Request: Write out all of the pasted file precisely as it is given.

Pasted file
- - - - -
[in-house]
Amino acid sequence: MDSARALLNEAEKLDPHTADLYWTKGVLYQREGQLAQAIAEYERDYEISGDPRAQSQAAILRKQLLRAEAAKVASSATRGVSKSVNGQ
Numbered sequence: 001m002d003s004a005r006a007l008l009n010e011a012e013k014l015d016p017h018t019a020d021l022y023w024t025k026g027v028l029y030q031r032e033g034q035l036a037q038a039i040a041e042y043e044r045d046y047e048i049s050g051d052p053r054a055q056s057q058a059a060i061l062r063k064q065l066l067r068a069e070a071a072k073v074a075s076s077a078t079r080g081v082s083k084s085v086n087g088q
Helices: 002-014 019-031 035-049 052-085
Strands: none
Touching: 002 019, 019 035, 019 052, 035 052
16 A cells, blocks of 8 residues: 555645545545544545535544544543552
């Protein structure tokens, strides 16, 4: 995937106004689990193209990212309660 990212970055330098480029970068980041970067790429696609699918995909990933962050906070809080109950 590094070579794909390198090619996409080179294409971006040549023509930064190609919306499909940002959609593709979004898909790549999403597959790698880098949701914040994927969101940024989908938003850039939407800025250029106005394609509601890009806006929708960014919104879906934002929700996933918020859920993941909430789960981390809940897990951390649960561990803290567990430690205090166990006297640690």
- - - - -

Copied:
[in-house]
Amino acid sequence: MDSARALLNEAEKLDPHTADLYWTKGVLYQREGQLAQAIAEYERDYEISGDPRAQSQAAILRKQLLRAEAAKVASSATRGVSKSVNGQ
Numbered sequence: 001m002d003s004a005r006a007l008l009n010e011a012e013k014l015d016p017h018t019a020d021l022y023w024t025k026g027v028l029y030q031r032e033g034q035l036a037q038a039i040a041e042y043e044r045d046y047e048i049s050g051d052p053r054a055q056s057q058a059a060i061l062r063k064q065l066l067r068a069e070a071a072k073v074a075s076s077a078t079r080g081v082s083k084s085v086n087g088q
Helices: 002-014 019-031 035-049 052-085
Strands: none
Touching: 002 019, 019 035, 019 052, 035 052
16 A cells, blocks of 8 residues: 555645545545544545535544544543552
């Protein structure tokens, strides 16, 4: 995937106004689990193209990212309660 990212970055330098480029970068980041970067790429696609699918995909990933962050906070809080109950 590094070579794909390198090619996409080179294409971006040549023509930064190609919306499909940002959609593709979004898909790549999403597959790698880098949701914040994927969101940024989908938003850039939407800025250029106005394609509601890009806006929708960014919104879906934002929700996933918020859920993941909430789960981390809940897990951390649960561990803290567990430690205090166990006297640690």